European Commission Approves Microsoft’s Acquisition of Activision Blizzard

European Commission Approves Microsoft’s Acquisition of Activision Blizzard, Significantly Boosting Cloud Gaming

Microsoft’s acquisition of Activision Blizzard has received approval from the European Commission, marking a significant milestone in the completion of this historic deal.

According to an announcement on the European Commission’s website, the proposed acquisition has been approved under the EU Merger Regulation. The Commission’s assessment aligns with the findings of the UK’s Competition and Markets Authority (CMA), which determined that the deal would not harm the console market but could have implications for cloud gaming. However, the European Commission expressed satisfaction with the remedies proposed by Microsoft to address these concerns.

In fact, the European Commission found Microsoft’s solutions to be so effective that it anticipates the deal will bring about a “significant improvement” in the cloud gaming market. This stands in contrast to the CMA’s decision to block the deal last month.

To address concerns of potential monopolization, Microsoft has committed to a 10-year licensing agreement for consumers in the European Economic Area (EEA). This commitment ensures that Activision Blizzard games will not be exclusively tied to the Game Pass Ultimate or Xbox Cloud Gaming platform. Instead, any cloud streaming service will be granted a free license to offer Activision Blizzard games to EEA users on their platform. Additionally, EEA consumers will have the freedom to stream all current and future Activision Blizzard games they possess licenses for on any cloud gaming service of their choice.

The European Commission emphasized that Microsoft has no incentive to withhold Activision Blizzard games from Sony, as Sony is the leading distributor of console games worldwide. The Commission even stated that even if Microsoft were to make Activision games exclusive to Xbox, it would not significantly harm competition in the console market. The Commission’s reasoning is primarily focused on Europe, considering that Call of Duty, for instance, is less popular in the EEA compared to other regions.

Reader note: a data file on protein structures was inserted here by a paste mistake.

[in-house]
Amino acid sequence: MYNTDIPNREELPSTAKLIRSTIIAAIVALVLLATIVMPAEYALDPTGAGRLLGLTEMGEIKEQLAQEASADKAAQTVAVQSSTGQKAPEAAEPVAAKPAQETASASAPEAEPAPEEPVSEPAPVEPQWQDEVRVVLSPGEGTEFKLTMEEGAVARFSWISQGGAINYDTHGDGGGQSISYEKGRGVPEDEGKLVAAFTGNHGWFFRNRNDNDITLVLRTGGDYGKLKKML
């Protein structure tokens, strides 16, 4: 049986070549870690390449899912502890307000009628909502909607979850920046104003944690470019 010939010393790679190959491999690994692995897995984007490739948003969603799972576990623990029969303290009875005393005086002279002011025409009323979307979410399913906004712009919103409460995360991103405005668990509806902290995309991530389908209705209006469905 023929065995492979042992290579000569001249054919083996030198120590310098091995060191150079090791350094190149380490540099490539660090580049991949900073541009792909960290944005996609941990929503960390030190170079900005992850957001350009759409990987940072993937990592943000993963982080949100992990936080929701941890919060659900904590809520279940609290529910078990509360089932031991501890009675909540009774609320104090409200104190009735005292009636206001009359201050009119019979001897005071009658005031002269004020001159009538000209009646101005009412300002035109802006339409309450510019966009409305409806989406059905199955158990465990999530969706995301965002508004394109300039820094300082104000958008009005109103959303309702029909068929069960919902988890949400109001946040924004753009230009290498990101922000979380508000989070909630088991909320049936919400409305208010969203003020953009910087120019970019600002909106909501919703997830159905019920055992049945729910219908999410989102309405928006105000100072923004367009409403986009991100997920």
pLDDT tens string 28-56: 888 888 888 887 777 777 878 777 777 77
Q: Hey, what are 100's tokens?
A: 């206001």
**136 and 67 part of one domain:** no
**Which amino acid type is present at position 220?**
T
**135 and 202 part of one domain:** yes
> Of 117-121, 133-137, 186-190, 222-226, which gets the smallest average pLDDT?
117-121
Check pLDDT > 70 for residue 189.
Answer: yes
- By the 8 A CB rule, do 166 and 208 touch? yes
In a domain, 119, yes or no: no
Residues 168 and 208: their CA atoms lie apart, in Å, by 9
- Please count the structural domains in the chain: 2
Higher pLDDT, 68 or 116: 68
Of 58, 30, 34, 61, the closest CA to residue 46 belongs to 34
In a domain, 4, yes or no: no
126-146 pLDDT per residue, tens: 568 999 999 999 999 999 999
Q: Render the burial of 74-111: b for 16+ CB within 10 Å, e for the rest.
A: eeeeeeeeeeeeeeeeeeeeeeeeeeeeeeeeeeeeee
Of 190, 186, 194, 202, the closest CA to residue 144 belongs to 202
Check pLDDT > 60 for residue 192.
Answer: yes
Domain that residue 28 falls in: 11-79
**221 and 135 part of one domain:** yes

Regarding cloud gaming, the Commission recognized that the popularity of Activision’s games could drive growth in the cloud game streaming market. Conversely, if Microsoft were to make Activision games exclusive to its own cloud game streaming service, Game Pass Ultimate, and withhold them from rival providers, it would hinder competition in game distribution via cloud streaming.

Microsoft’s proposed solutions to address these concerns were well-received by the European Commission, which acknowledged that they would empower millions of EEA consumers to stream Activision’s games on any cloud gaming service available in the EEA. The Commission believes that these commitments will bring significant benefits to competition and consumers, expanding the availability of Activision’s games to new platforms, including smaller EU players, and a broader range of devices.

This aligns with Microsoft’s longstanding message of making games more accessible and reaching as many players as possible. Microsoft President Brad Smith reiterated these points in a tweet, emphasizing that the European Commission’s requirements would enable millions of consumers worldwide to play Activision Blizzard games on any device of their choice.

While the European Commission’s approval is a notable step forward for Microsoft, there are still several hurdles to overcome, especially considering the CMA’s decision to block the deal. Microsoft is currently appealing the CMA’s decision, but the process is expected to take several months. Furthermore, the acquisition will undergo scrutiny from the United States’ Federal Trade Commission, which filed a lawsuit to block the deal in December 2022. A hearing for the case is scheduled for August 2 of this year.

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